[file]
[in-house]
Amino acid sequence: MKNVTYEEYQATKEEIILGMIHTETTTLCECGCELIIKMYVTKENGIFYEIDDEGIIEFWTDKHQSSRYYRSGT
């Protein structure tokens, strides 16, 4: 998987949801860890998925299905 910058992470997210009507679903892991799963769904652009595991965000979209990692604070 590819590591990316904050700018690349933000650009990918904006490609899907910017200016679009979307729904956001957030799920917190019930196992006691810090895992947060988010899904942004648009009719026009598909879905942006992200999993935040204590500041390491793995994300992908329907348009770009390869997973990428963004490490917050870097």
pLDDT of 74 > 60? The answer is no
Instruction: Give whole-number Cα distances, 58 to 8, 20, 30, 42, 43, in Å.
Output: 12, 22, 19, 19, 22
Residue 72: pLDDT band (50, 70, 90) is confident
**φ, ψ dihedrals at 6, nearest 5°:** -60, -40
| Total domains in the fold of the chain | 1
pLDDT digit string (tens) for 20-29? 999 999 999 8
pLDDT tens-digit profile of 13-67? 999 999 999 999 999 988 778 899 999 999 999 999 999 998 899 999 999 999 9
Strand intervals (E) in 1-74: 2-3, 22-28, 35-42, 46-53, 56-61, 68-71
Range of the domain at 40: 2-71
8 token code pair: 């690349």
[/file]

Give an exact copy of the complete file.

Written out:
[in-house]
Amino acid sequence: MKNVTYEEYQATKEEIILGMIHTETTTLCECGCELIIKMYVTKENGIFYEIDDEGIIEFWTDKHQSSRYYRSGT
């Protein structure tokens, strides 16, 4: 998987949801860890998925299905 910058992470997210009507679903892991799963769904652009595991965000979209990692604070 590819590591990316904050700018690349933000650009990918904006490609899907910017200016679009979307729904956001957030799920917190019930196992006691810090895992947060988010899904942004648009009719026009598909879905942006992200999993935040204590500041390491793995994300992908329907348009770009390869997973990428963004490490917050870097």
pLDDT of 74 > 60? The answer is no
Instruction: Give whole-number Cα distances, 58 to 8, 20, 30, 42, 43, in Å.
Output: 12, 22, 19, 19, 22
Residue 72: pLDDT band (50, 70, 90) is confident
**φ, ψ dihedrals at 6, nearest 5°:** -60, -40
| Total domains in the fold of the chain | 1
pLDDT digit string (tens) for 20-29? 999 999 999 8
pLDDT tens-digit profile of 13-67? 999 999 999 999 999 988 778 899 999 999 999 999 999 998 899 999 999 999 9
Strand intervals (E) in 1-74: 2-3, 22-28, 35-42, 46-53, 56-61, 68-71
Range of the domain at 40: 2-71
8 token code pair: 């690349």